Chatterton (Abacus Books) Paperback – 1 Jun 1988
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Top Customer Reviews
The book covers episodes in the lives of writers, artists, dealers and critics in three different centuries. The main characters in all three discuss and practise various degrees of fraud and plagiarism. This is potentially interesting. Unfortunately a series of examples of the practice scattered with miscellaneous comments about reality does not add up to anything but, when you look at it carefully, is actually its own form of fakery - faked insight. Here are a few examples.
"There is no reality except invisible things".
"I can endure death. It is the representation of Death I cannot bear".
"I said they were fakes. I didn't say they weren't real."
And a longer one:
-Tell me of the poets you have known.
-...Ah, poets, well there was Tookson, a crabbed old body with a pen of vitriol.
- He used to frequent the Hercules Tavern, do you know the one in Dean Street? He was there so often he became known as the pillar of Hercules.
- No, not such men as he, the real poets.
- Never you mind to say who's real and who unreal.
The most interesting part of the book is the story of Chatterton himself (which is broadly the same as the half page summary on wikipedia) and the tongue-in-cheek theory of his suicide, which is fun but not thought provoking enough to carry the novel.Read more ›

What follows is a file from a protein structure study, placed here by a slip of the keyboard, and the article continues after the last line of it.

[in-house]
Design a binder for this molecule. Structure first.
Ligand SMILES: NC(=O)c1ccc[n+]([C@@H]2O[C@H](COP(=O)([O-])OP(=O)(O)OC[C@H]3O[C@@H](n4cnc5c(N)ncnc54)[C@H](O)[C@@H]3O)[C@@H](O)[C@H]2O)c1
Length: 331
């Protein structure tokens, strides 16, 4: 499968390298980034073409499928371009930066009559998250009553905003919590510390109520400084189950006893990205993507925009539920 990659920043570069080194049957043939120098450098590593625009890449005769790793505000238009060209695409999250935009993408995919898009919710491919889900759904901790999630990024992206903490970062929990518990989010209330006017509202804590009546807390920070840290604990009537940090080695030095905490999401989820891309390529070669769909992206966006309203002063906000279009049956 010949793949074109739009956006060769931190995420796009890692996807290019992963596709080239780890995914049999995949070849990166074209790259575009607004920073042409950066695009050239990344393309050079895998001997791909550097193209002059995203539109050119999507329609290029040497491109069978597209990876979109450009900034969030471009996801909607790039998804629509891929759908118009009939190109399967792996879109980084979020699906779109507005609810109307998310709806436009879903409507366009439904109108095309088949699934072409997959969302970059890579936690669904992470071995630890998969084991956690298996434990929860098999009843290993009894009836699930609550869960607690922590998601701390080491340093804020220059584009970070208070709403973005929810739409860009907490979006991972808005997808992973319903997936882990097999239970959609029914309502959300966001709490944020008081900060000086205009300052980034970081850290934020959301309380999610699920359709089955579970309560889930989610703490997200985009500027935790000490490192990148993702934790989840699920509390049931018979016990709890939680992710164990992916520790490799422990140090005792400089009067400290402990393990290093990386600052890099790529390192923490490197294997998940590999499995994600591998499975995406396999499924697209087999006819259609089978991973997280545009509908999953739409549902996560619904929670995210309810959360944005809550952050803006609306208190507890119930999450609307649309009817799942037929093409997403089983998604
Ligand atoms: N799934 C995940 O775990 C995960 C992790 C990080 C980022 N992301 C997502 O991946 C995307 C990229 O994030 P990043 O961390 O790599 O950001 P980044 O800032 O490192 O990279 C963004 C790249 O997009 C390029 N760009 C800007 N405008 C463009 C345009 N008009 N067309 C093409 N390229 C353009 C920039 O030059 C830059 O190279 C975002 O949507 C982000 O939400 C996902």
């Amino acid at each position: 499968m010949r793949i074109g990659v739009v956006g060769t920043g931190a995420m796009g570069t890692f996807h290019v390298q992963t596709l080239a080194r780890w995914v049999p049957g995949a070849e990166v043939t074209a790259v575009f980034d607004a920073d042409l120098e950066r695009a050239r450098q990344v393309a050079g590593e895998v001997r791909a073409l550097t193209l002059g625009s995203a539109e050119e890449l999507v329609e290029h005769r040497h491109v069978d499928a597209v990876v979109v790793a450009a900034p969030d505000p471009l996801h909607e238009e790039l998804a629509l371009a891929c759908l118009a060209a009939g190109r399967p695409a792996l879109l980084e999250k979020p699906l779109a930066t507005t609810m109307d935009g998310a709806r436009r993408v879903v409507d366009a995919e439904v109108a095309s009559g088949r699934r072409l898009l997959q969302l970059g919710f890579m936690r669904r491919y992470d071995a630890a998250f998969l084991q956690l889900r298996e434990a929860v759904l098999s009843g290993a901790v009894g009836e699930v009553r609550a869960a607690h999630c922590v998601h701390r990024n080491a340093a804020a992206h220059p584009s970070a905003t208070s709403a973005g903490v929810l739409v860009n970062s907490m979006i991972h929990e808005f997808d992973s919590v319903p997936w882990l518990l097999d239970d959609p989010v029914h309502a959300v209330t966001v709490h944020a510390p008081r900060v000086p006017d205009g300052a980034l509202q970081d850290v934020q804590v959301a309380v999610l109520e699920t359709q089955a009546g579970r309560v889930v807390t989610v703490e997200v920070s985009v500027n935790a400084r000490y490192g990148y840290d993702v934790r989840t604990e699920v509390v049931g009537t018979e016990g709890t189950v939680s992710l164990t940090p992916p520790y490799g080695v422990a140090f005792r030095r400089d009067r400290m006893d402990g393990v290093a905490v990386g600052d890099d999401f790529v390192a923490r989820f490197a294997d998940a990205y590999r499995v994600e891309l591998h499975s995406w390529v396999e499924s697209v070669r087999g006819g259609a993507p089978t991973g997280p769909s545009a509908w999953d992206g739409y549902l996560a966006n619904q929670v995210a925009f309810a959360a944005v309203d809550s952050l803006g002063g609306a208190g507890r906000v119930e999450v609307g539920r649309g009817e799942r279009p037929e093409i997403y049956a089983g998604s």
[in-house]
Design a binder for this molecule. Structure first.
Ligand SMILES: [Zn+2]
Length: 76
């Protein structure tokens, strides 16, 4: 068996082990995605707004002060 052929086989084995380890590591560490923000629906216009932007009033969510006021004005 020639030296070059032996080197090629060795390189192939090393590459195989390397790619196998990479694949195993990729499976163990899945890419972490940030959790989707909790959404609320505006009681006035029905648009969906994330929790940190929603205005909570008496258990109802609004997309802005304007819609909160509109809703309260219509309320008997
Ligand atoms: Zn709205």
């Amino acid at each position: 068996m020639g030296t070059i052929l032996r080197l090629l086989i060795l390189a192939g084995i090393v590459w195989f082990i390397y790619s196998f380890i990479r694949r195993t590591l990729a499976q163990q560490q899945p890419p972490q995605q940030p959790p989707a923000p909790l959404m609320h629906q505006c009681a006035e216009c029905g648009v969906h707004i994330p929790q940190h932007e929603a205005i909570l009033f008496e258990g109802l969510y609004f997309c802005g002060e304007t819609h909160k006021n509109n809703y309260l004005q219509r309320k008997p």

A great book, I hope you'll love it as much as I did.
The historical basis upon which Peter Ackroyd hangs the plot of his novel is the life of Thomas Chatterton, the poet who committed suicide at the slight age of eighteen. Wallis's iconic painting of the death adorns the book's cover and its creation in the mid-nineteenth century forms a major element of the book's plot. There's also an eccentric English lady who has made money from writing and drinks gin incessantly from a teaspoon. There's an art gallery offering some works by a famous painter. They are declared fakes.
Charles Wychwood is an ailing, none too successful poet. He has a wonderful relationship with his young son, and a cooler one with his wife who has grown used to supporting her husband's apparent lack of achievement. One day Charles decides to raise a little capital in a sale-room, but then ends up blowing his money on a painting. It's a portrait, professedly of a middle-aged Chatterton. So perhaps he faked his own death so he could continue his trade anonymously. The idea captivates Charles because he knows a little of the poet's background.
Chatterton was born in the later part of the eighteenth century. He became obsessed with a series of medieval texts and started to copy their style. Thus he became the author of bogus medieval poetry, some of which he managed to publish.Read more ›
Most Recent Customer Reviews
I was caught up in the mystery presented in the first half of the book, when Charles discovers a painting which appears to portray the boy poet-forger Chatterton decades after his... Read morePublished on 22 Jun. 2012 by neverendings
SAFE READING - NO SPOILERS
The tragic death under mysterious circumstances of a seventeen year-old successful forger of medieval manuscripts seems a guaranteed... Read more